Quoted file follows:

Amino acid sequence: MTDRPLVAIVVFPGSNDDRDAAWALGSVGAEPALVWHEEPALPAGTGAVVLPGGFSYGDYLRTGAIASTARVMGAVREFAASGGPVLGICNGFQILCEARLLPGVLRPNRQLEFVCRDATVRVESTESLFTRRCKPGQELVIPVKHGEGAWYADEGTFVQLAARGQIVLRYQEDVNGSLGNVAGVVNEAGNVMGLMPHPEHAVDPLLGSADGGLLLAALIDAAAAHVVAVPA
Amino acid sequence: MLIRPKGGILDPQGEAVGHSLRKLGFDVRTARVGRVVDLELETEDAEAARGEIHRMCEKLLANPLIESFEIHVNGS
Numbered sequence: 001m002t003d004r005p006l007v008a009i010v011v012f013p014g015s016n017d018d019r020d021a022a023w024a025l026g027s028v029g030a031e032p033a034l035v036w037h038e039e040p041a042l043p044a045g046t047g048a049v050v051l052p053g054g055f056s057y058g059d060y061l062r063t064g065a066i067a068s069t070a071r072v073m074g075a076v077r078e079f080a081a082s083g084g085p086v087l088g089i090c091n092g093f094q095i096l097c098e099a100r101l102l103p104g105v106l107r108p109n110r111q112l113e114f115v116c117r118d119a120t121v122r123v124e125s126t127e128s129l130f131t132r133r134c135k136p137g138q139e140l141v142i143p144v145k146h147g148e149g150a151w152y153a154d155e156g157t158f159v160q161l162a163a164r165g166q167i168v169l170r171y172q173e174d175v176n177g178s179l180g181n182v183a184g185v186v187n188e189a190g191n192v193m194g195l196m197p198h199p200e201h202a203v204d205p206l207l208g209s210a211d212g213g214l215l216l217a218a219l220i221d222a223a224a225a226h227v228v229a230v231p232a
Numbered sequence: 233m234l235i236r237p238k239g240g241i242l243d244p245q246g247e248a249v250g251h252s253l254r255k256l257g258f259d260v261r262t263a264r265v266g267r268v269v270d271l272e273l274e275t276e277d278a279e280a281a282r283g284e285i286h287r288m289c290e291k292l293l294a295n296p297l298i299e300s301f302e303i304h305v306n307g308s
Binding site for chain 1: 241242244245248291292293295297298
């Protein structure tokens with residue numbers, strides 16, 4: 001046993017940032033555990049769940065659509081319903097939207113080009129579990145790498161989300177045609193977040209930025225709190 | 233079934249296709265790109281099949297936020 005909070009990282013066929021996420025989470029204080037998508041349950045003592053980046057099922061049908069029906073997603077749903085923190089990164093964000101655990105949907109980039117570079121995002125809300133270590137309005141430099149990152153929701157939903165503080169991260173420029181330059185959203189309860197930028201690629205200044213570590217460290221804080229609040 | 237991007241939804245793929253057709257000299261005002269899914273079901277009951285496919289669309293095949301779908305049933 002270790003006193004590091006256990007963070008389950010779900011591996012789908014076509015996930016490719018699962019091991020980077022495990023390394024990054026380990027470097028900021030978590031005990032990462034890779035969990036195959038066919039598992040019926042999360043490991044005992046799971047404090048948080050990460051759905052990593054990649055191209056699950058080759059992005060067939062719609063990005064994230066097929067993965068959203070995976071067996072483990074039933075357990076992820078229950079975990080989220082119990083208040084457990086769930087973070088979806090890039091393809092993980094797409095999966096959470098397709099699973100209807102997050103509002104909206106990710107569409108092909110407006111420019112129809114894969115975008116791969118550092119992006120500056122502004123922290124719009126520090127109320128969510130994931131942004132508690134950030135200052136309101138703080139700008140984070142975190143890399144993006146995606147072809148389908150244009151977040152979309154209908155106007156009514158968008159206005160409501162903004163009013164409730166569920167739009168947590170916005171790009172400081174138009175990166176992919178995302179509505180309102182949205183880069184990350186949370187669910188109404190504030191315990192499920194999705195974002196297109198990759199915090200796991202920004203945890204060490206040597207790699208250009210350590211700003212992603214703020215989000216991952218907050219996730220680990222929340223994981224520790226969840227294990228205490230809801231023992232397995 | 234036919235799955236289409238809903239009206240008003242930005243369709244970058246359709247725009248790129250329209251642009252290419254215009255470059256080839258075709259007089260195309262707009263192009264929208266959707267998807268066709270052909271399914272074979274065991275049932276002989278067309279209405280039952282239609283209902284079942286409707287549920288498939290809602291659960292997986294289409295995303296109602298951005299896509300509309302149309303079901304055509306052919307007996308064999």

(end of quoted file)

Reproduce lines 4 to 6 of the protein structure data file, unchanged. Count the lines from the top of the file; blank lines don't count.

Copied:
Numbered sequence: 233m234l235i236r237p238k239g240g241i242l243d244p245q246g247e248a249v250g251h252s253l254r255k256l257g258f259d260v261r262t263a264r265v266g267r268v269v270d271l272e273l274e275t276e277d278a279e280a281a282r283g284e285i286h287r288m289c290e291k292l293l294a295n296p297l298i299e300s301f302e303i304h305v306n307g308s
Binding site for chain 1: 241242244245248291292293295297298
């Protein structure tokens with residue numbers, strides 16, 4: 001046993017940032033555990049769940065659509081319903097939207113080009129579990145790498161989300177045609193977040209930025225709190 | 233079934249296709265790109281099949297936020 005909070009990282013066929021996420025989470029204080037998508041349950045003592053980046057099922061049908069029906073997603077749903085923190089990164093964000101655990105949907109980039117570079121995002125809300133270590137309005141430099149990152153929701157939903165503080169991260173420029181330059185959203189309860197930028201690629205200044213570590217460290221804080229609040 | 237991007241939804245793929253057709257000299261005002269899914273079901277009951285496919289669309293095949301779908305049933 002270790003006193004590091006256990007963070008389950010779900011591996012789908014076509015996930016490719018699962019091991020980077022495990023390394024990054026380990027470097028900021030978590031005990032990462034890779035969990036195959038066919039598992040019926042999360043490991044005992046799971047404090048948080050990460051759905052990593054990649055191209056699950058080759059992005060067939062719609063990005064994230066097929067993965068959203070995976071067996072483990074039933075357990076992820078229950079975990080989220082119990083208040084457990086769930087973070088979806090890039091393809092993980094797409095999966096959470098397709099699973100209807102997050103509002104909206106990710107569409108092909110407006111420019112129809114894969115975008116791969118550092119992006120500056122502004123922290124719009126520090127109320128969510130994931131942004132508690134950030135200052136309101138703080139700008140984070142975190143890399144993006146995606147072809148389908150244009151977040152979309154209908155106007156009514158968008159206005160409501162903004163009013164409730166569920167739009168947590170916005171790009172400081174138009175990166176992919178995302179509505180309102182949205183880069184990350186949370187669910188109404190504030191315990192499920194999705195974002196297109198990759199915090200796991202920004203945890204060490206040597207790699208250009210350590211700003212992603214703020215989000216991952218907050219996730220680990222929340223994981224520790226969840227294990228205490230809801231023992232397995 | 234036919235799955236289409238809903239009206240008003242930005243369709244970058246359709247725009248790129250329209251642009252290419254215009255470059256080839258075709259007089260195309262707009263192009264929208266959707267998807268066709270052909271399914272074979274065991275049932276002989278067309279209405280039952282239609283209902284079942286409707287549920288498939290809602291659960292997986294289409295995303296109602298951005299896509300509309302149309303079901304055509306052919307007996308064999």